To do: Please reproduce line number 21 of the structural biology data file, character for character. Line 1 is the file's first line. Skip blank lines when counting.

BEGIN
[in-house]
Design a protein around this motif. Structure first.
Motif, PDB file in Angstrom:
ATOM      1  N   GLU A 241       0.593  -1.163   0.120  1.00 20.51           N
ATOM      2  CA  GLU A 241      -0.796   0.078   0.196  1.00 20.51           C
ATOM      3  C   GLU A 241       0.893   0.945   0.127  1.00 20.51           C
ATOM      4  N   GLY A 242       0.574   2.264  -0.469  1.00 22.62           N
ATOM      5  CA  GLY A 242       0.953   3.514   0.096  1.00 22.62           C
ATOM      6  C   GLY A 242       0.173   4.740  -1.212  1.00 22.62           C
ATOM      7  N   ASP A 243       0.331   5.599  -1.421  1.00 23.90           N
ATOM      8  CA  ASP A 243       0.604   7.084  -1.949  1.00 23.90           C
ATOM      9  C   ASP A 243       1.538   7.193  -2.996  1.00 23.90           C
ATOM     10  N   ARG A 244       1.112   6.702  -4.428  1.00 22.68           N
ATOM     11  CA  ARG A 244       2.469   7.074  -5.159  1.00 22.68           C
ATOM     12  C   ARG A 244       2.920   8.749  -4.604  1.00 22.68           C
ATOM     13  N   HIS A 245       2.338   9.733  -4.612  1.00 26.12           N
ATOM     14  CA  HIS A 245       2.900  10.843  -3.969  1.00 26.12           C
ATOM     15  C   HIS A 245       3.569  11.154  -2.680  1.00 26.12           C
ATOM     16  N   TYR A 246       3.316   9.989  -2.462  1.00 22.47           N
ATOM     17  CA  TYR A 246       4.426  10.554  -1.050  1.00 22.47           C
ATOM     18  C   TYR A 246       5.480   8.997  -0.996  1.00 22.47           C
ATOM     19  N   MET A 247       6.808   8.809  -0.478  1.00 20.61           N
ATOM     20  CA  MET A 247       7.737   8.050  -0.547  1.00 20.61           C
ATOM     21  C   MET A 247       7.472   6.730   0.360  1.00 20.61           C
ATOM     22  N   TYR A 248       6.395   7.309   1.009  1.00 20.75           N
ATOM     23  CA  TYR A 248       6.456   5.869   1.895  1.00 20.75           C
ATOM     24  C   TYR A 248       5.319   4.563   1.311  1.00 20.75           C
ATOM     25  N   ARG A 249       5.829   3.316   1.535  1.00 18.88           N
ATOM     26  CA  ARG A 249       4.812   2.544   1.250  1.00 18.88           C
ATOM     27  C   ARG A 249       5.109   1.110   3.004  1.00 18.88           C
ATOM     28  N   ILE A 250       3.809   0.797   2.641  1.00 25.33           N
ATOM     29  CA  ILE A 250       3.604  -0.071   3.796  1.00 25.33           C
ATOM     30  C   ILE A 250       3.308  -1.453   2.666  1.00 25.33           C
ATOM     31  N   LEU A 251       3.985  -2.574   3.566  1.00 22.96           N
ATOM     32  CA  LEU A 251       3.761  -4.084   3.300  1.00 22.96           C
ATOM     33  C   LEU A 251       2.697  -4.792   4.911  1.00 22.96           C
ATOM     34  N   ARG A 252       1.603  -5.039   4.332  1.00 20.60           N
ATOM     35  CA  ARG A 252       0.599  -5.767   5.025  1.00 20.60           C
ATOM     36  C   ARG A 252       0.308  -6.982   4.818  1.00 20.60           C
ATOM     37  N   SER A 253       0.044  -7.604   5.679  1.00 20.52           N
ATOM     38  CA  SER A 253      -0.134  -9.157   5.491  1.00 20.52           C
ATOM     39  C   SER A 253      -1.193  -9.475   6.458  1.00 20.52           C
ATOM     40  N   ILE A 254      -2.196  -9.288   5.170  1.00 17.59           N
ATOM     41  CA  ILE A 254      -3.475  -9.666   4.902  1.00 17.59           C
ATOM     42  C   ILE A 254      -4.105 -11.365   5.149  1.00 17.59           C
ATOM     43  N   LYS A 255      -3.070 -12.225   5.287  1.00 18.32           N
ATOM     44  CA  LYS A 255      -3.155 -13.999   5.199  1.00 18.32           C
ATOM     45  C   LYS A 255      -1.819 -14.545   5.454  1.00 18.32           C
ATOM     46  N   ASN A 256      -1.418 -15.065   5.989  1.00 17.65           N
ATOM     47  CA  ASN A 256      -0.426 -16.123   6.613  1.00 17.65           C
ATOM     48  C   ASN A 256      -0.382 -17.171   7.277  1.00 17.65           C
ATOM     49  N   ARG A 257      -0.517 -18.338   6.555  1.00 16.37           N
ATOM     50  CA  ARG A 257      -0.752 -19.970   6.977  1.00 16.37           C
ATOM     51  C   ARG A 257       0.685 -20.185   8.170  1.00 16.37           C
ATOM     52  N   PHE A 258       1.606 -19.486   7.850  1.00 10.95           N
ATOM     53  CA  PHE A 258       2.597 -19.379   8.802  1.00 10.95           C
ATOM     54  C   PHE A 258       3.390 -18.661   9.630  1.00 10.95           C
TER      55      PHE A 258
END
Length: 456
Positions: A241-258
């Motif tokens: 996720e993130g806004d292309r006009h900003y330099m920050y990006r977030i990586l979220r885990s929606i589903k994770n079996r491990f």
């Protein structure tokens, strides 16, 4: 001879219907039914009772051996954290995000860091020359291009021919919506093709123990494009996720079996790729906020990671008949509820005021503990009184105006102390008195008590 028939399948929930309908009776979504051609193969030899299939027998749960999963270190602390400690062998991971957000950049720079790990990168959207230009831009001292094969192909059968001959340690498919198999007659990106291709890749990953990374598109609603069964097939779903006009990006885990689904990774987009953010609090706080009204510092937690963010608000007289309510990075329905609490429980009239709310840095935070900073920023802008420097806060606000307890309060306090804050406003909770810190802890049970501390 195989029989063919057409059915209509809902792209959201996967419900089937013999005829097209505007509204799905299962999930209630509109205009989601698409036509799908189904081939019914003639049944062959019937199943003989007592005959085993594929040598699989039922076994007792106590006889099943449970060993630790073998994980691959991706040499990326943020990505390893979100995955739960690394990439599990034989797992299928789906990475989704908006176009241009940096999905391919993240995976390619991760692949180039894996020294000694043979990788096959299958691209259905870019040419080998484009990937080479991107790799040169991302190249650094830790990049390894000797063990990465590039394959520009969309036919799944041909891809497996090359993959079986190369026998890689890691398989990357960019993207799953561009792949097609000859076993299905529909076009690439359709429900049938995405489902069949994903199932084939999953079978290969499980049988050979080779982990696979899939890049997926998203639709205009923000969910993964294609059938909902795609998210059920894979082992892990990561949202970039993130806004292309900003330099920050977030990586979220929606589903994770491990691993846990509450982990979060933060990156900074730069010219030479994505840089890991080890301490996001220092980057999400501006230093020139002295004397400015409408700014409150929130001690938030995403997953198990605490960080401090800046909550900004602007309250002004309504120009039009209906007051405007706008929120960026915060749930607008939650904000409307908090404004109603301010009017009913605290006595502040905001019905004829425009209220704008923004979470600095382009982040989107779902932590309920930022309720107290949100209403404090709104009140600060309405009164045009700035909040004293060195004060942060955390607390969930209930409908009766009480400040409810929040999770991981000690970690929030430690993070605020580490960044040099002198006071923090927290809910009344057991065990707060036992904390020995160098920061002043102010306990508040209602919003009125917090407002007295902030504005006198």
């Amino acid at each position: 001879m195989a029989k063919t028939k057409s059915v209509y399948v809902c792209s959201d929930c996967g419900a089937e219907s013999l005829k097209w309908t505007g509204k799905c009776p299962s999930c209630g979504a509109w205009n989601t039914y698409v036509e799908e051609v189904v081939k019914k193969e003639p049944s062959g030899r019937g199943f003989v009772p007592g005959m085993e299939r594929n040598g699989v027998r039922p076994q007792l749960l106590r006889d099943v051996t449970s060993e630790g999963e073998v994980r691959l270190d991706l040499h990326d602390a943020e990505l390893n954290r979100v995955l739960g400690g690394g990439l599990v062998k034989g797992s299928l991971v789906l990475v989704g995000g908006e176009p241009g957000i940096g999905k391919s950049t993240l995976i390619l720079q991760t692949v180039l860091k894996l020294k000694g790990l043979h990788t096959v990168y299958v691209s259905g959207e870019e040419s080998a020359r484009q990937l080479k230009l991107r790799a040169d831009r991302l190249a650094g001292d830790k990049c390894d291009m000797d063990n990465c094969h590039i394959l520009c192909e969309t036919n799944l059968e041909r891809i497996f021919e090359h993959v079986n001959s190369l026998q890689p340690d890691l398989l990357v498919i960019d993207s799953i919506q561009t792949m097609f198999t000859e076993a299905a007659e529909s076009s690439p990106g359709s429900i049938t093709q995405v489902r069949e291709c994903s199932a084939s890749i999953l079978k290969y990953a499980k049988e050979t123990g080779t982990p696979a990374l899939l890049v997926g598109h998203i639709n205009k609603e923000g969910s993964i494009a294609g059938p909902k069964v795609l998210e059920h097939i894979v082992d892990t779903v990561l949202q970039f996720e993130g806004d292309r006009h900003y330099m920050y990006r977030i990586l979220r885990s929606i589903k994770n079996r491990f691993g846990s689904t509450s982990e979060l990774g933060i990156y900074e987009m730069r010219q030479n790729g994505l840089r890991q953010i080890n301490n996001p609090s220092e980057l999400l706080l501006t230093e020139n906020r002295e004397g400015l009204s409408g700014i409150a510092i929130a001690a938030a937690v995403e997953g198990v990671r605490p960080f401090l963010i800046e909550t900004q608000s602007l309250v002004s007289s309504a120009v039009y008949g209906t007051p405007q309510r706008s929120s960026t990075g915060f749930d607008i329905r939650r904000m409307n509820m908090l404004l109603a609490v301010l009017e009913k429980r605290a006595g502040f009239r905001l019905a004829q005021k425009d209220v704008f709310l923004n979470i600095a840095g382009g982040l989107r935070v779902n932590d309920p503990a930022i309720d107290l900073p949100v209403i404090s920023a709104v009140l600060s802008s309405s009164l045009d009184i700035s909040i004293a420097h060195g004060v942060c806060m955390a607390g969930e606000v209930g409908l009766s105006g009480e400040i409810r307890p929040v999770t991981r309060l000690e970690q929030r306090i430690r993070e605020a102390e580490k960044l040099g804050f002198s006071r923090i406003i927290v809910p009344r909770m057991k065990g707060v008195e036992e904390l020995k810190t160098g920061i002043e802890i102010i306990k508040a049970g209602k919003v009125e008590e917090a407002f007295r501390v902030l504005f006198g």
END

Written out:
ATOM     18  C   TYR A 246       5.480   8.997  -0.996  1.00 22.47           C